The table 120, which may or may not be stored on a CAM, and the associated data store 124, which collectively may be referred to as a Virtual Router Indirection Mapper (VRIM), are the same elements previously discussed in relation to FIG. 1.

In addition to the ingress and egress portions 410, 412, the packet modification system 404 further comprises a second packet parser 430 for parsing an egress packet, modification processor 432, a fragment processor 436, a third packet parser 436, Access Control Logic (“ACL”) 438 a, and L3/L4 checksum logic 438 b

Parser 430 is configured to parse an egress packet and provide context pointers to the beginning of the packet layers, for example, pointers to the beginning of OSI layers 2, 3, and 4.

Modification processor 432 modifies some or all of an egress packet responsive to the context pointers provided by parser 430, in the process disassembling the packet into fragments. Fragment processor 436 re-assembles the fragmented packet.

The modification RAMs (“MRAMs”) 448 a, 448 b provides data and control structures for packet modification operations performed by the modification processors 432 a, 432 b

Parser 436 is configured to parse the reassembled packet and provide context pointers to the beginning of the packet layers, for example, pointers to the beginning of OSI layers 2, 3, and 4.

ACL logic 438 b arrives at an ACL decision with respect to a packet, such as CPU copy, mirror copy; and kill, responsive to the parsed packet layers provided by parser 436. The CPU copy action forwards a copy of the packet to a host 438 coupled to the system. The mirror copy action implements an egress mirroring function, in which a copy of the packet is forwarded to mirror FIFO 440 and then on to the egress portion 408 of the packet classification/forwarding system 402. The kill action either kills the packet or marks it for killing by a downstream Medium Access Control (MAC) processor.

L3/L4 checksum logic 438 b is configured to compute a checksum for a modified packet. In one embodiment, logic 438 b is configured to independently calculate a layer three (IP) and layer four (TCP/UDP) checksum.

In one implementation, the interfaces 418, 420, 422, 424, and one or more of the CAM, VRIM, ARAM, or MRAM interfaces (not identified, may be a QDR- or DDR-type interface as described in U.S. patent application Ser. No. 10/655,742, filed Sep. 4, 2003, which is hereby fully incorporated by reference herein as though set forth in full.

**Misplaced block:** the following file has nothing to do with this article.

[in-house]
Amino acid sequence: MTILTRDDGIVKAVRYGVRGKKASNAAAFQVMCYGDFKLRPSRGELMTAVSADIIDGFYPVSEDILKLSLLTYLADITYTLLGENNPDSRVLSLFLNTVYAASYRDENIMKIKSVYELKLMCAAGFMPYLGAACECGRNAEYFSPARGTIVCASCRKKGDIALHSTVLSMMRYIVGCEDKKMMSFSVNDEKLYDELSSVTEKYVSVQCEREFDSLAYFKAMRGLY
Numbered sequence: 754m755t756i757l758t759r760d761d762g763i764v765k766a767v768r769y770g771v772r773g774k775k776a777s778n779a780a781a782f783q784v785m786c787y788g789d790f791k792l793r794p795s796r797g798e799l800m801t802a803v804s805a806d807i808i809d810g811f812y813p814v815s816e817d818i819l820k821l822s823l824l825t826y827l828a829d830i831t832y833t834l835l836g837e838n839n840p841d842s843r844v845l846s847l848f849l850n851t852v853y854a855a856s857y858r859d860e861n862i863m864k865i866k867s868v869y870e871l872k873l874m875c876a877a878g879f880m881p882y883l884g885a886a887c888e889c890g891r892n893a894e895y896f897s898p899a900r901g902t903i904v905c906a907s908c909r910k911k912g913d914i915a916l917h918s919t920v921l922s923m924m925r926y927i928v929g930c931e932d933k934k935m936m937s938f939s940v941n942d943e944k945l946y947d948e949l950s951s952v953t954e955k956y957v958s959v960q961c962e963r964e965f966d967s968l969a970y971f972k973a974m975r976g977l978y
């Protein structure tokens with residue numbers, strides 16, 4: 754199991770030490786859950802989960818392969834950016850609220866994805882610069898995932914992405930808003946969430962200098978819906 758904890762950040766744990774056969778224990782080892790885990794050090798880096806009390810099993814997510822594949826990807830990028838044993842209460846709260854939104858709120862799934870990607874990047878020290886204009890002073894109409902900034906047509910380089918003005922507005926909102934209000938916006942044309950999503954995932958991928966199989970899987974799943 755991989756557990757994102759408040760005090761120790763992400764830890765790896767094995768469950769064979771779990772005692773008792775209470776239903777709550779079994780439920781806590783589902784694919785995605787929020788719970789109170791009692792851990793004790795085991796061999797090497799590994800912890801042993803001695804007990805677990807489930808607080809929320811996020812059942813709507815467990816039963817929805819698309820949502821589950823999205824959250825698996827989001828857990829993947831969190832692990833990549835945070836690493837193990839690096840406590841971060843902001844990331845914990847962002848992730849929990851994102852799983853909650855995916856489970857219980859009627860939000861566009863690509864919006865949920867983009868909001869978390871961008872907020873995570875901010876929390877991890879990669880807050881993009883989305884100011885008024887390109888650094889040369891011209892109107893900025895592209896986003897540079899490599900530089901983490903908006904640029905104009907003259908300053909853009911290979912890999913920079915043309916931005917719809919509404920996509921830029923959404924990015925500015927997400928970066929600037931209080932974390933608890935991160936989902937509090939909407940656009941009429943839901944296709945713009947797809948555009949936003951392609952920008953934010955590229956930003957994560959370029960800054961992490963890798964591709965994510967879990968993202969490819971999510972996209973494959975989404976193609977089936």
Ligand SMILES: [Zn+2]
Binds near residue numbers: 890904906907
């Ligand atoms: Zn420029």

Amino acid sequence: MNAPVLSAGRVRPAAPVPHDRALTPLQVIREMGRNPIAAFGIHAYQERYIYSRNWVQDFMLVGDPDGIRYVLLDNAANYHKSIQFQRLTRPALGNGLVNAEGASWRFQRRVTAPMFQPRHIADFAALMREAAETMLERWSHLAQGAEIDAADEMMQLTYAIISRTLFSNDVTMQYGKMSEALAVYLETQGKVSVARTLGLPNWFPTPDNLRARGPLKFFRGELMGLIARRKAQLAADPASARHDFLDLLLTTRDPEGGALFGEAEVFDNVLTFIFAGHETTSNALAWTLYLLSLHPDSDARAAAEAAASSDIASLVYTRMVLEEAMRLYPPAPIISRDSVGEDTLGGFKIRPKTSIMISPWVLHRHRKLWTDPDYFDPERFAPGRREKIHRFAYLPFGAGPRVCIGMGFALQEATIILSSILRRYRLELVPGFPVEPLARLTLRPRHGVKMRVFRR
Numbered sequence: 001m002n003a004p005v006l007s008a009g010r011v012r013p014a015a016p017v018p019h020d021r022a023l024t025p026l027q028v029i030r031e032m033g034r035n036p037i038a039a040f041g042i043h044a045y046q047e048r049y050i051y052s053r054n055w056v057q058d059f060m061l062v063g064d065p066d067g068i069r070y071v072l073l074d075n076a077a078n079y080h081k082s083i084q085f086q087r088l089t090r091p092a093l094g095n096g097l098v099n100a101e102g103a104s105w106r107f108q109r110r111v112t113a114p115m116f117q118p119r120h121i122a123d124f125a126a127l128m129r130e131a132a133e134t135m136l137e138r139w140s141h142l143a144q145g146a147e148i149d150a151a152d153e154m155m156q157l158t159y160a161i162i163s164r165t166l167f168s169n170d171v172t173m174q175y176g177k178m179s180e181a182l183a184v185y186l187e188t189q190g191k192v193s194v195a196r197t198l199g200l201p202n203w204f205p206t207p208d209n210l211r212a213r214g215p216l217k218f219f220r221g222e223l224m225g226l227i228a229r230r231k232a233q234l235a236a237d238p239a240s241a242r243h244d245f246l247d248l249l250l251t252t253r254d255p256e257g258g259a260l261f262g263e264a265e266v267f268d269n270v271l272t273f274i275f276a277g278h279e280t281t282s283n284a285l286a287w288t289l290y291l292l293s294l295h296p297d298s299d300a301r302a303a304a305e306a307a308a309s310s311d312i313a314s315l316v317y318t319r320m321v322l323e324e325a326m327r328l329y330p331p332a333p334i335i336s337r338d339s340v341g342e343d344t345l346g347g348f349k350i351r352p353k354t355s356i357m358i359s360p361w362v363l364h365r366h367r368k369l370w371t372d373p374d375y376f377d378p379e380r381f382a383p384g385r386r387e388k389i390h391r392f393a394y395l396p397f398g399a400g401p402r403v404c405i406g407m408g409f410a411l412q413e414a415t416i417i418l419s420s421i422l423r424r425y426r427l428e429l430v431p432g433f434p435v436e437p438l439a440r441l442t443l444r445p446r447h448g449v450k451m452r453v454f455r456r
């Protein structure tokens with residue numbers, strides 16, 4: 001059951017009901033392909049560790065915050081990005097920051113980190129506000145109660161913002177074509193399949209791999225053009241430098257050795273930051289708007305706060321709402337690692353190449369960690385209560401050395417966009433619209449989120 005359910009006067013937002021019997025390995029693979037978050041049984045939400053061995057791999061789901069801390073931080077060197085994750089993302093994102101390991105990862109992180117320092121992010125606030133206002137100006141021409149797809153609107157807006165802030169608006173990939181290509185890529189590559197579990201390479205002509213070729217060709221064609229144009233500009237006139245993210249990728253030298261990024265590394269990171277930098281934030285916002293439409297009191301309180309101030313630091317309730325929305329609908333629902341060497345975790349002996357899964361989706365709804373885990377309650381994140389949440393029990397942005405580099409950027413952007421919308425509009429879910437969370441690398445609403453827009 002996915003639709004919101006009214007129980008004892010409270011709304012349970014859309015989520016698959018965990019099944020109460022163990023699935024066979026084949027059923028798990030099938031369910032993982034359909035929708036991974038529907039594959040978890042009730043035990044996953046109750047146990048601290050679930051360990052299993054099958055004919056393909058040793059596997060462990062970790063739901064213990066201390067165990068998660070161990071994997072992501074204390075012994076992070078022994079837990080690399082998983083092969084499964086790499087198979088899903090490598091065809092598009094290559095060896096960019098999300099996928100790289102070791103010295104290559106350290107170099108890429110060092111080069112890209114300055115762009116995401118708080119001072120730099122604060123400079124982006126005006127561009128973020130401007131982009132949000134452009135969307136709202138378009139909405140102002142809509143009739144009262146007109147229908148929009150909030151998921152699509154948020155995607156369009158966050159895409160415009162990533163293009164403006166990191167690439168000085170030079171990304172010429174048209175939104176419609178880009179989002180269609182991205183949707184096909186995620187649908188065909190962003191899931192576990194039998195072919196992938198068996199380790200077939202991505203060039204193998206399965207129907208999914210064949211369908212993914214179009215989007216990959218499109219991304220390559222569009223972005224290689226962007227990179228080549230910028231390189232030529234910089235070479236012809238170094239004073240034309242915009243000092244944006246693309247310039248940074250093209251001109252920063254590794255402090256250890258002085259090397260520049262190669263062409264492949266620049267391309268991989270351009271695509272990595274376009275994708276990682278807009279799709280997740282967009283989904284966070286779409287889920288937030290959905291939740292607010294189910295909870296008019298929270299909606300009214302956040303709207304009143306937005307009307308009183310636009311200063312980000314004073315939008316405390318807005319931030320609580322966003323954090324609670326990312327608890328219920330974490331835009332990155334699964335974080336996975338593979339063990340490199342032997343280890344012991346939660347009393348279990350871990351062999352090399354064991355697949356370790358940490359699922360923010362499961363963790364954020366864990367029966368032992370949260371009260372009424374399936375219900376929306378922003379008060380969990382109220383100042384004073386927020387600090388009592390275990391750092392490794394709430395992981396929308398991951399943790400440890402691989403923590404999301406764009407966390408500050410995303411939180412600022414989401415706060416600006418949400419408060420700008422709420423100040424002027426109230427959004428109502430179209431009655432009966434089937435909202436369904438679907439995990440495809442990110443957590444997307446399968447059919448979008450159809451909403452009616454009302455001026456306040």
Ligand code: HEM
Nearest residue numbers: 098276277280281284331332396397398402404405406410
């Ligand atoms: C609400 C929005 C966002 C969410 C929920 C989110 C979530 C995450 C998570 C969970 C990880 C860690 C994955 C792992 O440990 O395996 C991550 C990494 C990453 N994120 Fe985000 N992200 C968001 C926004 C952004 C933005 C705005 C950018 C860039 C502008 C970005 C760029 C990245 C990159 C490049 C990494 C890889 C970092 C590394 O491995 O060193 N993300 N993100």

In one embodiment, the logic elements depicted in FIG. 1 are incorporated into the router of FIG. 4 within the forwarding and classification system 402, just downstream from the packet parser 104 and parallel with the packet processor 428. In this embodiment, logic 112 in FIG. 1 performs the key generation step 302 of FIG. 3 responsive to parsed packet data provided by parser 104. Logic 112 also performs the optional key type generation and masking step 304 if a ternary CAM is not included in the VRIM 120, 124 and used as part of the indirection mapping process 306. If a ternary CAM is included in the VRIM 120, 124, and used as part of the indirection mapping process 306, the key type generation and masking step 304 may be performed by this CAM. Logic 126 further performs the indirection mapping process 306 in conjunction with the elements of VRIM 120, 124, as well as the VRID outputting step 308.

Packet processor 428 performs the configure device step 310 of FIG. 3 by using the VRID as the starting key to CAM 442, which determines the starting address of a sequence of commends executed by the packet processor 306 to make a classification and forwarding decision for an ingress packet. By using the VRID as the starting key to the CAM 442, the packet processor 428 implicitly selects a routing table from a plurality of possible routing tables, as illustrated in FIG. 5.

Packet processor 428 also performs step 312 by classifying and forwarding the ingress packet responsive to the CAM searching process that is performed, at least initially, with the key determined responsive to the VRID 102.

While various embodiments of the invention have been described, it will be apparent to those of ordinary skill in the art that many more embodiments and implementations are possible that are within the scope of this invention. Accordingly, the invention is not to be restricted except in light of the attached claims and their equivalents.

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Classifications
U.S. Classification370/395.32, 370/392, 370/395.31, 370/351, 370/389
International ClassificationH04L12/28, H04L12/56
Cooperative ClassificationH04L49/70, H04L49/354, H04L49/25, H04L49/205, H04L45/00, H04L12/4641
European ClassificationH04L12/46V, H04L45/00, H04L49/35D
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Owner name: EXTREME NETWORKS, INC., CALIFORNIA
Free format text: ASSIGNMENT OF ASSIGNORS INTEREST;ASSIGNORS:PARKER, DAVID K.;GENTRY, DENTON;REEL/FRAME:017765/0099;SIGNING DATES FROM 20060313 TO 20060315